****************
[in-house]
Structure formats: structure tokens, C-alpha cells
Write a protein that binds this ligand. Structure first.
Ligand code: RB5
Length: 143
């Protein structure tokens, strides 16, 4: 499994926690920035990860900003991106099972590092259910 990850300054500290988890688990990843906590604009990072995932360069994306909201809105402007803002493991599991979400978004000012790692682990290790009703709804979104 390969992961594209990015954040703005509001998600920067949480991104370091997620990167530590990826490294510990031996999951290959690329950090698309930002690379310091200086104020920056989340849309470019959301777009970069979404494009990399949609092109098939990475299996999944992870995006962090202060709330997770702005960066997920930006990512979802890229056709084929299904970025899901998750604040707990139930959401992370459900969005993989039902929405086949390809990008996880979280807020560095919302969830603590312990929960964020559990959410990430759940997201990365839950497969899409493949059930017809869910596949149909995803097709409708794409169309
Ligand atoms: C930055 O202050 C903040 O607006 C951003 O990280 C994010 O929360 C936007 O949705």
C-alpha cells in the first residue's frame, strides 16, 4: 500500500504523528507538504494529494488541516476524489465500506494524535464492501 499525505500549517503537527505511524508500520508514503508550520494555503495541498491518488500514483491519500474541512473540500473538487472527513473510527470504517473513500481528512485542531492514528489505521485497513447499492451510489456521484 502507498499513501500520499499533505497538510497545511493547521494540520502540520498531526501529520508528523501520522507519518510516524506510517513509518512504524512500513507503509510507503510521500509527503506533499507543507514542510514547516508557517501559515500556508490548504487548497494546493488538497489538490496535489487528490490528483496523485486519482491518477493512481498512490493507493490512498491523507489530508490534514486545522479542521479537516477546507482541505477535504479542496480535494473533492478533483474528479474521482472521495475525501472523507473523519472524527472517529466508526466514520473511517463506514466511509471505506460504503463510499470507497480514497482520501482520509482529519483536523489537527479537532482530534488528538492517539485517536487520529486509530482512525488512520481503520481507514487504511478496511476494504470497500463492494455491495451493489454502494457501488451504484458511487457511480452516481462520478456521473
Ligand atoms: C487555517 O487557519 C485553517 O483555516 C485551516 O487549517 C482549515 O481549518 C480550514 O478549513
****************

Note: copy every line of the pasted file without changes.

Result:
[in-house]
Structure formats: structure tokens, C-alpha cells
Write a protein that binds this ligand. Structure first.
Ligand code: RB5
Length: 143
């Protein structure tokens, strides 16, 4: 499994926690920035990860900003991106099972590092259910 990850300054500290988890688990990843906590604009990072995932360069994306909201809105402007803002493991599991979400978004000012790692682990290790009703709804979104 390969992961594209990015954040703005509001998600920067949480991104370091997620990167530590990826490294510990031996999951290959690329950090698309930002690379310091200086104020920056989340849309470019959301777009970069979404494009990399949609092109098939990475299996999944992870995006962090202060709330997770702005960066997920930006990512979802890229056709084929299904970025899901998750604040707990139930959401992370459900969005993989039902929405086949390809990008996880979280807020560095919302969830603590312990929960964020559990959410990430759940997201990365839950497969899409493949059930017809869910596949149909995803097709409708794409169309
Ligand atoms: C930055 O202050 C903040 O607006 C951003 O990280 C994010 O929360 C936007 O949705």
C-alpha cells in the first residue's frame, strides 16, 4: 500500500504523528507538504494529494488541516476524489465500506494524535464492501 499525505500549517503537527505511524508500520508514503508550520494555503495541498491518488500514483491519500474541512473540500473538487472527513473510527470504517473513500481528512485542531492514528489505521485497513447499492451510489456521484 502507498499513501500520499499533505497538510497545511493547521494540520502540520498531526501529520508528523501520522507519518510516524506510517513509518512504524512500513507503509510507503510521500509527503506533499507543507514542510514547516508557517501559515500556508490548504487548497494546493488538497489538490496535489487528490490528483496523485486519482491518477493512481498512490493507493490512498491523507489530508490534514486545522479542521479537516477546507482541505477535504479542496480535494473533492478533483474528479474521482472521495475525501472523507473523519472524527472517529466508526466514520473511517463506514466511509471505506460504503463510499470507497480514497482520501482520509482529519483536523489537527479537532482530534488528538492517539485517536487520529486509530482512525488512520481503520481507514487504511478496511476494504470497500463492494455491495451493489454502494457501488451504484458511487457511480452516481462520478456521473
Ligand atoms: C487555517 O487557519 C485553517 O483555516 C485551516 O487549517 C482549515 O481549518 C480550514 O478549513